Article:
Background Although a potentially important route for transmission, limited data exist on the burden of pharyngeal chlamydia (CT) and gonorrhoea (GC) among men who have sex with men (MSM). The San Francisco Department of Public Health has recommended nucleic acid amplification test (NAAT)-based pharyngeal screening for MSM since 2005. We examined pharyngeal CT and GC among MSM participating in the STD screening program in 2010.
Methods MSM seeking services at a variety of clinical sites provided clinician-collected pharyngeal specimens for APTIMA Combo 2 testing. The prevalence of pharyngeal CT and GC was estimated at five sentinel sites—the municipal STD clinic, a gay men's health clinic, an HIV care clinic, an HIV testing site, and primary care clinics supported by the San Francisco Department of Public Health. Positivity for each infection was calculated as the number of positive tests divided by the number of testers with corresponding CIs. Additionally, we calculated positivity and OR to determine whether the prevalence of pharyngeal CT and GC differed by HIV status among patients tested at the municipal STD clinic.
Results In 2010, over 12 000 pharyngeal specimens were tested for an overall CT positivity of 1.69% (95% CI 1.47 to 1.93) and GC positivity of 5.76% (95% CI 5.36 to 6.19). At the five sentinel sites, pharyngeal CT positivity ranged from 1.10% (HIV testing site) to 2.28% (STD clinic); pharyngeal GC positivity ranged from 3.4% (HIV testing site) to 7.01% (STD clinic). For tests conducted at the STD clinic among HIV-uninfected testers, pharyngeal CT positivity was 1.57% (95% CI 1.11 to 2.15) and pharyngeal GC positivity was 7.02% (95% CI 6.03 to 8.11). Among HIV-infected testers, the pharyngeal CT and GC positivity were 4.06% (95% CI 2.92 to 5.49) and 6.99% (95% CI 5.48 to 8.76), respectively. HIV-infected testers were more likely to have a positive pharyngeal CT test compared with HIV-uninfected testers (OR 2.65, 95% CI 1.65 to 4.27); there were no differences in pharyngeal GC positivity between HIV-infected and HIV-uninfected testers at the STD clinic.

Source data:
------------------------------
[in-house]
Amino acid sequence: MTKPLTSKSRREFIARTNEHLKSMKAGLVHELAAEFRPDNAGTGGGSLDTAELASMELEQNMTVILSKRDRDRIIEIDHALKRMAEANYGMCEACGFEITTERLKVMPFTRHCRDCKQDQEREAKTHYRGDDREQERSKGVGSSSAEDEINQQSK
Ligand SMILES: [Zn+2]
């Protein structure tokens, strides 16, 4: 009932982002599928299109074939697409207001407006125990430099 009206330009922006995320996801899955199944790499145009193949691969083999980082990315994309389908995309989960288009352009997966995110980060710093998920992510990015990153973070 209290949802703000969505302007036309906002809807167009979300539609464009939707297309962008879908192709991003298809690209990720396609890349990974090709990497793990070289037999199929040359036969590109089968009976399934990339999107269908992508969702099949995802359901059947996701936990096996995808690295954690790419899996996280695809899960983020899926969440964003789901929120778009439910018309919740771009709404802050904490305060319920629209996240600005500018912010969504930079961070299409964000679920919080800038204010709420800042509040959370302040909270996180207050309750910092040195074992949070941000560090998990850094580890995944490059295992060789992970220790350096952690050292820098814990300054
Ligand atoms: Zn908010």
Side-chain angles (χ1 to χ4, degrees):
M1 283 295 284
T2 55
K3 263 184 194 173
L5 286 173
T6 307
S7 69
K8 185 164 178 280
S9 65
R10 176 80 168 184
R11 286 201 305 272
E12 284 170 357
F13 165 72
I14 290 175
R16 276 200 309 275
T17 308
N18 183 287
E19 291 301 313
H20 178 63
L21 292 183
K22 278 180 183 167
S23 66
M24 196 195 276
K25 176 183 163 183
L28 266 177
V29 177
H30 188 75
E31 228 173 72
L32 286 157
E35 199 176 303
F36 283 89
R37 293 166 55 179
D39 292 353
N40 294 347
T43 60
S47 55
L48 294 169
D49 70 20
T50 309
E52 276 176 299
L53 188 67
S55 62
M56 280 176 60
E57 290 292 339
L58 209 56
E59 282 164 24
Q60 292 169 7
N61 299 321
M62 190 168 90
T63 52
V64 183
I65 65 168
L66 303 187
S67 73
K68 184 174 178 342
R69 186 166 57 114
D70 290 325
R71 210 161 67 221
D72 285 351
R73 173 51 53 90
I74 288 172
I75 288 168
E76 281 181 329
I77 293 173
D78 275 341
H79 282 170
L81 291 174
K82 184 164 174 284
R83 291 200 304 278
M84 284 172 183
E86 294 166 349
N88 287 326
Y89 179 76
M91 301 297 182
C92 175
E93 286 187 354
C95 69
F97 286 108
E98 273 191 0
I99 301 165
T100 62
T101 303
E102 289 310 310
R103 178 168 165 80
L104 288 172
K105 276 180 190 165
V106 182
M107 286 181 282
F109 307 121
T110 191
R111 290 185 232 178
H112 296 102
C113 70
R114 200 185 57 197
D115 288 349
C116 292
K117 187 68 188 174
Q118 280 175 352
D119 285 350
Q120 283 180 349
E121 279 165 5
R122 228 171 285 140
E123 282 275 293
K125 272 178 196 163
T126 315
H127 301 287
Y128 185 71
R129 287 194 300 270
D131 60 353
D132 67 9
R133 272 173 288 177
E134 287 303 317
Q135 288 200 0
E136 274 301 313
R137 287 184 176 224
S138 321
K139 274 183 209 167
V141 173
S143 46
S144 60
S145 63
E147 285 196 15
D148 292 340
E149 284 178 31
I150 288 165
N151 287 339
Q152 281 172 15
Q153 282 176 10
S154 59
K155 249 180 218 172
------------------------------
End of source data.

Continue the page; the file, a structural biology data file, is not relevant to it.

Conclusion Sentinel surveillance data indicates that there is a substantial burden of pharyngeal CT and GC infections among MSM in San Francisco. Identification and treatment of pharyngeal infections could prevent ongoing transmission of these bacteria. Increasing access to NAAT-based pharyngeal screening should be a public health priority.
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